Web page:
Anthropologists need not travel to New Guinea to research the subtleties of human societies; plenty of culture can be witnessed at the local saloon.
Among the chivalrous traditions the bar-set prides itself on is its refusal to let a compatriot drink alone.
“Want another one, Hank?” the bartender says.
Hank, casts a glance at Stu beside him, who just ordered fresh suds.
“I guess so,” he says. “I can’t let Stu drink alone.”
Interestingly, Hank’s gesture is portrayed as an altruistic act — defending Stu against loneliness — but we know better.
Generally, an offer such as Hank’s is made on the assumption that through some mysterious barroom intuition the levels of Hank and Stu’s brews will sync-up and they will finish at the same time, allowing them to settle their bills together.
However, sometimes this process of syncing-up is easier said than done; sometimes two barstool neighbors get caught up in the famous Half-Beer Reciprocation Blues (HBRB).
HBRB occurs when two buddies are half a beer apart, drinking at the same pace, and unwilling to let the other imbibe alone. Thus, one guy finishes a beer while his pal has half a beer left, then he orders another, and is halfway done that one when his friend finishes his and hails the bartender for a refill.
You can see where this is going.
When one witnesses a bout of HBRB, questions spring to mind:
What level of self-awareness do the participants possess re: their HBRB? Is it possible that one drinker is aware of the pattern and is actively engineering it to continue that way? Are both parties trying to sync-up their beers, but having trouble coordinating the effort? They could, for example, both be accidentally speeding up their consumption at exactly the same time and to the same degree, thus maintaining their half-beer bond despite their best efforts to close the gap.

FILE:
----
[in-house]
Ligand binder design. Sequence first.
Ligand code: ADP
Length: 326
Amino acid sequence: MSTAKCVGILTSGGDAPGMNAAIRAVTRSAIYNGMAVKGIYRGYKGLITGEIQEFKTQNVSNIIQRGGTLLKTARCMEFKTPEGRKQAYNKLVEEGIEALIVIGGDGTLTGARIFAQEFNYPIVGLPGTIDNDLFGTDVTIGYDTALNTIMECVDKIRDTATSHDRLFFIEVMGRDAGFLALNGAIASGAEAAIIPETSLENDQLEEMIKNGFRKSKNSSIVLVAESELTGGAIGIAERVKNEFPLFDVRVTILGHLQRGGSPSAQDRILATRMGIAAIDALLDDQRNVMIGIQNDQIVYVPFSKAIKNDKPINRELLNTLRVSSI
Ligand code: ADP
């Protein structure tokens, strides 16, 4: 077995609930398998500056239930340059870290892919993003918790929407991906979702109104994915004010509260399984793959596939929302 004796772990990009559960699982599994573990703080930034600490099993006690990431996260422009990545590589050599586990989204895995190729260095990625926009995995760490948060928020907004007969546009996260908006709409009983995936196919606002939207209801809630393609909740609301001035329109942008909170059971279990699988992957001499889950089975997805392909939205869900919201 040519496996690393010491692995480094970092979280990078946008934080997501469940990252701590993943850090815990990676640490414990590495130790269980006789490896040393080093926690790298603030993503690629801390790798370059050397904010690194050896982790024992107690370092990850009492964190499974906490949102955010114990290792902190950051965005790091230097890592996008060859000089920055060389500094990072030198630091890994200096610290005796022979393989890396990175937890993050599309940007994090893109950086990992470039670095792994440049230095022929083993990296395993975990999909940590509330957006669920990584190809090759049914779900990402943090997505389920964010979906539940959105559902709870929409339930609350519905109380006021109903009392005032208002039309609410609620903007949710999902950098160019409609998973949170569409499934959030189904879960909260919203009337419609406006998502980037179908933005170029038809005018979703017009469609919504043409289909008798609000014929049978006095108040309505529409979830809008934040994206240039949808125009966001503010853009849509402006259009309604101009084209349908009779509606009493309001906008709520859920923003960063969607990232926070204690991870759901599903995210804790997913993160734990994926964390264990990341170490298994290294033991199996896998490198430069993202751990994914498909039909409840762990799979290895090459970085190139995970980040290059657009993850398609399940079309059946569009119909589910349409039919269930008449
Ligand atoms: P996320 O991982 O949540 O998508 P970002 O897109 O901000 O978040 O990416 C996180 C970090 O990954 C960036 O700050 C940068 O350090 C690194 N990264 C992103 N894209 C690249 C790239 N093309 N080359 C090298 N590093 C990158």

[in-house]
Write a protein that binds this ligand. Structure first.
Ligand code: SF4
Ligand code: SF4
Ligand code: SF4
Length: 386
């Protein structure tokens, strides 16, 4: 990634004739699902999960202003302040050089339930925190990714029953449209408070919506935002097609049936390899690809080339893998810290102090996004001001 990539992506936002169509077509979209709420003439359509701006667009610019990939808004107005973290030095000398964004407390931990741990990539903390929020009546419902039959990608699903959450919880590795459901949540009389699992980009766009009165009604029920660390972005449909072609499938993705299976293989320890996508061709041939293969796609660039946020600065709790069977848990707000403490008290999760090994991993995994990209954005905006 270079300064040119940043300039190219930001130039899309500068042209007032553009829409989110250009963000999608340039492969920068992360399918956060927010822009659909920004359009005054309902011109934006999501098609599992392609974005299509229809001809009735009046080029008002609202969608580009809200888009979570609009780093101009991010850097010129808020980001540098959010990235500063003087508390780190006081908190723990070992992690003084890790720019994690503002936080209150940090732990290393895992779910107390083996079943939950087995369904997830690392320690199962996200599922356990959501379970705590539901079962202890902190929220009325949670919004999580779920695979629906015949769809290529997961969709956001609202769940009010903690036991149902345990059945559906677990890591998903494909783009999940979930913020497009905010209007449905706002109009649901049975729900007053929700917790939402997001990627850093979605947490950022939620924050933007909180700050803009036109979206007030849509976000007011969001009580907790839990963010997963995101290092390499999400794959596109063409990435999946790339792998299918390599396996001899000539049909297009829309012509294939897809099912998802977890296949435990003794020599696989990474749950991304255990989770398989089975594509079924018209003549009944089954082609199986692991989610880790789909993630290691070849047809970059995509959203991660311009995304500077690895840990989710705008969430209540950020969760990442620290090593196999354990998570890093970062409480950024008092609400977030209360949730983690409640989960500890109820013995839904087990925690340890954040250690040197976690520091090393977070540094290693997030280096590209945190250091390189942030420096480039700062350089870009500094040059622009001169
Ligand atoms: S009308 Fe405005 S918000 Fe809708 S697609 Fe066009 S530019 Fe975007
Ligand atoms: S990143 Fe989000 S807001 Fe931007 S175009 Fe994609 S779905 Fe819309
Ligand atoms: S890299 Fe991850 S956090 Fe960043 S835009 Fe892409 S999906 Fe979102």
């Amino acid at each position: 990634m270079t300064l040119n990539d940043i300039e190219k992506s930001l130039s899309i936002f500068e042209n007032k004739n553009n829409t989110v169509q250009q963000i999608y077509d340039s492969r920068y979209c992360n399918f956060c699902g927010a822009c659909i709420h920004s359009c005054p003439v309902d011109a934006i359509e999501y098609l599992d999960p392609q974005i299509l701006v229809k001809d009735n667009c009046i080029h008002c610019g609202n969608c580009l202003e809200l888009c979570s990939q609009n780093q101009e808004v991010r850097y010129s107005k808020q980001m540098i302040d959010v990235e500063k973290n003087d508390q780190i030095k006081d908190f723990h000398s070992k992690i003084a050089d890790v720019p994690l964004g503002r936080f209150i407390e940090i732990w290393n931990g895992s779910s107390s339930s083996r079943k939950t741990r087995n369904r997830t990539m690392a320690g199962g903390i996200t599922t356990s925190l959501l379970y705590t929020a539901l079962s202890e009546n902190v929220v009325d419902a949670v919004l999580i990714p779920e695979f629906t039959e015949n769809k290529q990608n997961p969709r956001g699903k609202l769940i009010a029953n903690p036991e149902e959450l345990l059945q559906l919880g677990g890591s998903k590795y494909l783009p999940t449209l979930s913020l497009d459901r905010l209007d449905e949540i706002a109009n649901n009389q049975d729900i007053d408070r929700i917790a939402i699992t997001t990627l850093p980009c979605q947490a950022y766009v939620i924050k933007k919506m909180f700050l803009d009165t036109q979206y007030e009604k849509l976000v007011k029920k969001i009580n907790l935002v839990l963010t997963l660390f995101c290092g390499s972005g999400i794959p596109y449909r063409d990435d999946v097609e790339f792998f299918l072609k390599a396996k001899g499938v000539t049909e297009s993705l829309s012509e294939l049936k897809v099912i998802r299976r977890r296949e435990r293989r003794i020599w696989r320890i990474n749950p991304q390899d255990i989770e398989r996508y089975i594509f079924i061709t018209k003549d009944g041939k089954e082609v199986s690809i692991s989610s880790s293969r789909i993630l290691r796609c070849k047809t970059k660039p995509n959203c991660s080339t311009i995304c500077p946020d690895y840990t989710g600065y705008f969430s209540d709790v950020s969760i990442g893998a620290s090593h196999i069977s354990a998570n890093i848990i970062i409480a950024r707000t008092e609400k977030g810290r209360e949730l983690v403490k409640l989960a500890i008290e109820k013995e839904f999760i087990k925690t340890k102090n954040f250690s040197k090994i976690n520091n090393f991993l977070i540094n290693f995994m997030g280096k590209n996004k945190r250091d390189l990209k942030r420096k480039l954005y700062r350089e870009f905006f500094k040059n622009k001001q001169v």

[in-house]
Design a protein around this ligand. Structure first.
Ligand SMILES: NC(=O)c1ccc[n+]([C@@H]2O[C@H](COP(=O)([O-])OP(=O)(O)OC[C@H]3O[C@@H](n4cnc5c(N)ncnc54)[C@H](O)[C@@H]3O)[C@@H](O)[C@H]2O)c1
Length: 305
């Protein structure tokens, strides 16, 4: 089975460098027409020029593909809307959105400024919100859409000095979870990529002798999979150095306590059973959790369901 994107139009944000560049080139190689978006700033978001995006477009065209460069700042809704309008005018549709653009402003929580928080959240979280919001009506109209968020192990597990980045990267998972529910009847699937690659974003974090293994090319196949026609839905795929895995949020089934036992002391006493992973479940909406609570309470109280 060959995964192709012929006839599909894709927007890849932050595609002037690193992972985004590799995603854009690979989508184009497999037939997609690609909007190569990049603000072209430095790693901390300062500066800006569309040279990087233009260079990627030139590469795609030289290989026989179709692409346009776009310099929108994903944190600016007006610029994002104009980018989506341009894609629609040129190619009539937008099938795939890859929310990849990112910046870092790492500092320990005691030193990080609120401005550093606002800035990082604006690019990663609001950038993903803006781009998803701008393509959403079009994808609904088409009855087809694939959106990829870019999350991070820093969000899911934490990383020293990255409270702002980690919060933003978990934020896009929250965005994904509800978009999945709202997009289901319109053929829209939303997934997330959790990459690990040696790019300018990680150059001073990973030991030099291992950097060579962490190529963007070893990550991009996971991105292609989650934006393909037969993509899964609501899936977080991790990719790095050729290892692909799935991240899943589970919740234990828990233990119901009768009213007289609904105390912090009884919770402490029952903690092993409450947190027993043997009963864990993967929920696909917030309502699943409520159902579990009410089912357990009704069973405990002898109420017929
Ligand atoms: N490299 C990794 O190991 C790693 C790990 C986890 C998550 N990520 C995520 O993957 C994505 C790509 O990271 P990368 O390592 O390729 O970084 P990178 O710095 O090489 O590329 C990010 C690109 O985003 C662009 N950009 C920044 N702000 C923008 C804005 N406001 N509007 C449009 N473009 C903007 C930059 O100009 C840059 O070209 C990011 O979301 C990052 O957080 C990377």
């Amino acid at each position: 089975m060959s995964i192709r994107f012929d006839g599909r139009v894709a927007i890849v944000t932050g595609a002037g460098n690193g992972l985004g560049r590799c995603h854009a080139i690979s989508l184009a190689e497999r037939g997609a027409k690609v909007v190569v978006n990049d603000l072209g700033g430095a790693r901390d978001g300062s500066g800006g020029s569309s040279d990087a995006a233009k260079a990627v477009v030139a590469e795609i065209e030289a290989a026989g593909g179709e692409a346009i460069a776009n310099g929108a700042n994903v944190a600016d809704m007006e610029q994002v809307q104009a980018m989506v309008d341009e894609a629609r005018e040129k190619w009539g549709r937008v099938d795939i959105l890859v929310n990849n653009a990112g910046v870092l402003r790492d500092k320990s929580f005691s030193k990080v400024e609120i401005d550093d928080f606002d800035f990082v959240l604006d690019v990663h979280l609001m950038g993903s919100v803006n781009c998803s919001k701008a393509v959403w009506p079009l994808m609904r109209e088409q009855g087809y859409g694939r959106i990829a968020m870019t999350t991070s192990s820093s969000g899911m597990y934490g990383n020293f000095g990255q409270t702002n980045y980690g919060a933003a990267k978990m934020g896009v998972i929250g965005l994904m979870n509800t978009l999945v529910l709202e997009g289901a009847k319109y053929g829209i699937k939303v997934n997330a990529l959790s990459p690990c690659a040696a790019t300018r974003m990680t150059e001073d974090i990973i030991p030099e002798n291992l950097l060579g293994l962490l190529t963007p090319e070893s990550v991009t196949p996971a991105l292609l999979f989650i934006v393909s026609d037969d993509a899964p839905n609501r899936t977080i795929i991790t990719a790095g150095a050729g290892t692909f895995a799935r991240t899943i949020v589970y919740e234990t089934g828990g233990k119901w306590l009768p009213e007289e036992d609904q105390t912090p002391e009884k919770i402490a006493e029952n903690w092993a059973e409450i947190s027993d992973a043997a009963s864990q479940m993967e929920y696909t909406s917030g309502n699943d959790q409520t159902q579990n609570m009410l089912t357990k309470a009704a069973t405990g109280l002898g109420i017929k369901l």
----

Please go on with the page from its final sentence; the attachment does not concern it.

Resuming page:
I concede this is unlikely.
Does the magic of HBRB get lost if one comrade mentions it to the other?
I occasionally find myself sharing a sublime, unspoken truth with someone — the type of sentiment that does well when floating unvoiced around two people, but which loses its grace when someone (usually me) points it out.
Does HBRB become awkward and clunky when one person mentions it to another?
A good anthropologist would say it all depends on context, and she’d be right. But oddly, good anthropologists rarely venture into good bars, which is a shame, because they teem with life — with unspoken rules, with customer/server understandings, with knowing nods, with sports trivia masters, with heartbreak, and with resilience.
In other words, I’m going to miss the Roadhouse when it’s gone.